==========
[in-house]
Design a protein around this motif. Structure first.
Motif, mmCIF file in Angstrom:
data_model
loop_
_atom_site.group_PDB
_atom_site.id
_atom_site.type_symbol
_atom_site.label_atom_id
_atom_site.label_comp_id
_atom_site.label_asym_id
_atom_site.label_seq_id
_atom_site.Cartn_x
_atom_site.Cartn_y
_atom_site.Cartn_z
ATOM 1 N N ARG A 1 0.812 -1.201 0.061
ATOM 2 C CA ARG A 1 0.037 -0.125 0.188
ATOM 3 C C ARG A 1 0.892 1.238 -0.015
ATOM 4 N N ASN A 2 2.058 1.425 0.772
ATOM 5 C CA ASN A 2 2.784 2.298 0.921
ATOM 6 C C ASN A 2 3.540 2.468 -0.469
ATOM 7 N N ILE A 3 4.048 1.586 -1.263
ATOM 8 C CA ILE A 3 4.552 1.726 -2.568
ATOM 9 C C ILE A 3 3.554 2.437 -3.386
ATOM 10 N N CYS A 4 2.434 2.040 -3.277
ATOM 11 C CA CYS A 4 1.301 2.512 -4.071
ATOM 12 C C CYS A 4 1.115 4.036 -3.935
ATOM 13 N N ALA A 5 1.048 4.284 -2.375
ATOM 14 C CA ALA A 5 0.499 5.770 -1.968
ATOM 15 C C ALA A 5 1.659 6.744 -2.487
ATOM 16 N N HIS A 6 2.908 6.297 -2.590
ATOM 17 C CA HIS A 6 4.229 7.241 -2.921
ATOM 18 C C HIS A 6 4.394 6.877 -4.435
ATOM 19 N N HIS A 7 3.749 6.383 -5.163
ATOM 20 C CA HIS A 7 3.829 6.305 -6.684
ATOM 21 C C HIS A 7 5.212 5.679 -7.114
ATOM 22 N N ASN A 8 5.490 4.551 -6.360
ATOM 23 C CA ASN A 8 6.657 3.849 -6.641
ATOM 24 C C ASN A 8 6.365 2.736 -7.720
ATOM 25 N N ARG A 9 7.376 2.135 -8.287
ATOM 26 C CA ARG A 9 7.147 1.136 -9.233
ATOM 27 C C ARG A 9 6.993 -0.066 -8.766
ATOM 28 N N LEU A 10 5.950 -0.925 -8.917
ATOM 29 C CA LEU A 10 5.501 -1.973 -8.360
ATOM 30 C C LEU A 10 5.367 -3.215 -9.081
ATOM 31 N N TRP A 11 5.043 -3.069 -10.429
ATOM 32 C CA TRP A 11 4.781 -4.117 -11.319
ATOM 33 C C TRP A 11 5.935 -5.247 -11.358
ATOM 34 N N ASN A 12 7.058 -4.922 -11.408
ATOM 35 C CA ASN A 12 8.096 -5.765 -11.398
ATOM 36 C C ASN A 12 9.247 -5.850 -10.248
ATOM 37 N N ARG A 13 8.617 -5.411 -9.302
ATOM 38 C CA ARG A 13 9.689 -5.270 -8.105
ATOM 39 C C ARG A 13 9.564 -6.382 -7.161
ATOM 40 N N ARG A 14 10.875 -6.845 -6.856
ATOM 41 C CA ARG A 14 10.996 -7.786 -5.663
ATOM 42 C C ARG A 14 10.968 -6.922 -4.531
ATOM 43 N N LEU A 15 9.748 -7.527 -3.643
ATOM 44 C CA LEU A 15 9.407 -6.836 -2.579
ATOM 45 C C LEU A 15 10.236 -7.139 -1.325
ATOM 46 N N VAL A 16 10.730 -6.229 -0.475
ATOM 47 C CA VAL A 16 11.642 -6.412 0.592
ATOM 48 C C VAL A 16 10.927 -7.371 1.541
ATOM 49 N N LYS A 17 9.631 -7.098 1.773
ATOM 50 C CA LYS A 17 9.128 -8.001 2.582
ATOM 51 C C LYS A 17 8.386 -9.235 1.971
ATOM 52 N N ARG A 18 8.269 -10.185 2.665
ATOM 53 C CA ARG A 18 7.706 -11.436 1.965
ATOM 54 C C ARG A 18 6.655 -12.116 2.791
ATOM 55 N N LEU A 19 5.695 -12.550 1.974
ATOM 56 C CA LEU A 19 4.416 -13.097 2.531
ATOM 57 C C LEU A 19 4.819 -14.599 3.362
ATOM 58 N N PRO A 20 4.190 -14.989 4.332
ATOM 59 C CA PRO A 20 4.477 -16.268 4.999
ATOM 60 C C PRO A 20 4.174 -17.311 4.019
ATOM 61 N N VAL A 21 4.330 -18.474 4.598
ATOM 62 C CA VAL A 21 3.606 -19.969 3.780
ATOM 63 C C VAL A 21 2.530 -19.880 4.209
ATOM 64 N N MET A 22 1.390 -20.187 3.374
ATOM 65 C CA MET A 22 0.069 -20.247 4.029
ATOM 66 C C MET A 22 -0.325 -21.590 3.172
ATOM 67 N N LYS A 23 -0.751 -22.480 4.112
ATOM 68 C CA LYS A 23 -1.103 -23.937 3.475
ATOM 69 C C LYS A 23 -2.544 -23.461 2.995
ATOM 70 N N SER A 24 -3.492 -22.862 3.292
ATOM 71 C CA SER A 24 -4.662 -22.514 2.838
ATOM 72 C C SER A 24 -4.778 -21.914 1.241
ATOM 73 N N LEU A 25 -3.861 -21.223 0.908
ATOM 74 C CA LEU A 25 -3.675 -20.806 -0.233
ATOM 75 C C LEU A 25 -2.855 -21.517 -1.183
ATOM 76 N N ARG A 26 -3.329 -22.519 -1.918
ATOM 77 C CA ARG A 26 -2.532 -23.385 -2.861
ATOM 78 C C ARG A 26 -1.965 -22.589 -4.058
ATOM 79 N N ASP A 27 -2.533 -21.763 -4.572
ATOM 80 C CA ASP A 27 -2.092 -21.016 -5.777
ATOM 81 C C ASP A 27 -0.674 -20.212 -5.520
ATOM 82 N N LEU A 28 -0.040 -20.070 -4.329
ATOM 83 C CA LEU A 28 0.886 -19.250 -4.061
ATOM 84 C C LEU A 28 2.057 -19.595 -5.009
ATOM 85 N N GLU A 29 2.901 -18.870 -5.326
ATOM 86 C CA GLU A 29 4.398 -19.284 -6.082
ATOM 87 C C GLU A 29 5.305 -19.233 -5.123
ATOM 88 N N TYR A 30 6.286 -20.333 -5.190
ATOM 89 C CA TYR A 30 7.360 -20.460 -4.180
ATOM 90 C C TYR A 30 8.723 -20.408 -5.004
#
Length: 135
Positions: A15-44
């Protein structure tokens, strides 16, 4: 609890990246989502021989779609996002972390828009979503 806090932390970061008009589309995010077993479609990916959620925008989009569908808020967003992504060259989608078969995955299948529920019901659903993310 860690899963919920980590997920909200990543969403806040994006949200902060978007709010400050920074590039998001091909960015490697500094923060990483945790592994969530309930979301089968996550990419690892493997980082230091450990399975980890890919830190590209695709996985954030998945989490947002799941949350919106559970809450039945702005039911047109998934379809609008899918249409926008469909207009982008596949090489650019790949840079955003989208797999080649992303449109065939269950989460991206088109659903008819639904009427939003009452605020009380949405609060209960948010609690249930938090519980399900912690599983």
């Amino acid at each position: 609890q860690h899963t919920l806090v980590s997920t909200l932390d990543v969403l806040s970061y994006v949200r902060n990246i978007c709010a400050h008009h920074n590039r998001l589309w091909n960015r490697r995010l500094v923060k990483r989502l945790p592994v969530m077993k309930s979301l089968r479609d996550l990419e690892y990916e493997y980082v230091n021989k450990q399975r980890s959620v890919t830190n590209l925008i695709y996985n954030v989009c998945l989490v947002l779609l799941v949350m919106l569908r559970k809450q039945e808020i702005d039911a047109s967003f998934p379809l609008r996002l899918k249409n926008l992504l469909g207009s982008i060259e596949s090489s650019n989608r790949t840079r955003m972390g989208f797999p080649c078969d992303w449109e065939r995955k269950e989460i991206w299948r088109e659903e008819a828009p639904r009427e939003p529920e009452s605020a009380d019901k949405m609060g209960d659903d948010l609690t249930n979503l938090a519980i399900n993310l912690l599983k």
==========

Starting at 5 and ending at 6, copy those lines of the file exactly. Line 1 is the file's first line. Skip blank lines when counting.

loop_
_atom_site.group_PDB